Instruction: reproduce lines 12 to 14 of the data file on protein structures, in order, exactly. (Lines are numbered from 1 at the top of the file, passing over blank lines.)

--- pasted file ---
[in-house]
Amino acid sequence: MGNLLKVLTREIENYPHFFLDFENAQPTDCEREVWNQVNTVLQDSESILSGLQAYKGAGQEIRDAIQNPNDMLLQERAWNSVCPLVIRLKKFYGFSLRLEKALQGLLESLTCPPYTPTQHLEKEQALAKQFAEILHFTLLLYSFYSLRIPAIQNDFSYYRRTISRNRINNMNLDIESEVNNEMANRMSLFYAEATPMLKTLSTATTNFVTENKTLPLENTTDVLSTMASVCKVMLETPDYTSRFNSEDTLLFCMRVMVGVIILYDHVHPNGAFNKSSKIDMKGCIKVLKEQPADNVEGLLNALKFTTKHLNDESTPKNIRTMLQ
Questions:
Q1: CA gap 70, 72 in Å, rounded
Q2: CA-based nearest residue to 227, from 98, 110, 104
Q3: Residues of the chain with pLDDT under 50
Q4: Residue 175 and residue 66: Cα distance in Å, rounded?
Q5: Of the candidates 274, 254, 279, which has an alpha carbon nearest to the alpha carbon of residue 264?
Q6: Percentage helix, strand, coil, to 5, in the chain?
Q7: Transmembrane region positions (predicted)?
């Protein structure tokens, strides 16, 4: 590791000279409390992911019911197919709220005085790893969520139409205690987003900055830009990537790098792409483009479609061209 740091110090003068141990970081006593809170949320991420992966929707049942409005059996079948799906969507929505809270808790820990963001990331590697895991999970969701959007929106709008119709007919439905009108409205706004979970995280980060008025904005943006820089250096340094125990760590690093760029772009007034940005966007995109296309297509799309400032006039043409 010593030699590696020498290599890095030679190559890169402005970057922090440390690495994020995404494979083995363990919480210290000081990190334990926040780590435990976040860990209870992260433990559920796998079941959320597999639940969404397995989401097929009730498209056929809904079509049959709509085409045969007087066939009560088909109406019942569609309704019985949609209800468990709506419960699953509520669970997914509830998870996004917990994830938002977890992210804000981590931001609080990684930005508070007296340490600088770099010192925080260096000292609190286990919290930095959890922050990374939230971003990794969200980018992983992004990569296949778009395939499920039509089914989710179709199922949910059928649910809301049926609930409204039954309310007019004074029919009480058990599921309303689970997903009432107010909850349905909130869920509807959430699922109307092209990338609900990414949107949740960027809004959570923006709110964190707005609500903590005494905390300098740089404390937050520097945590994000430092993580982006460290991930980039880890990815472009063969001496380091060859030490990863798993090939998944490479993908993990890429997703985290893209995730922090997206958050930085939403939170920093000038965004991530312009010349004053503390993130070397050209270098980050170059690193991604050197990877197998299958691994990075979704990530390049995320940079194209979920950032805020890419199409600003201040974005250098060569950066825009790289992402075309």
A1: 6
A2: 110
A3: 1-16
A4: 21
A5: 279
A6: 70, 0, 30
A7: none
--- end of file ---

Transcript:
A1: 6
A2: 110
A3: 1-16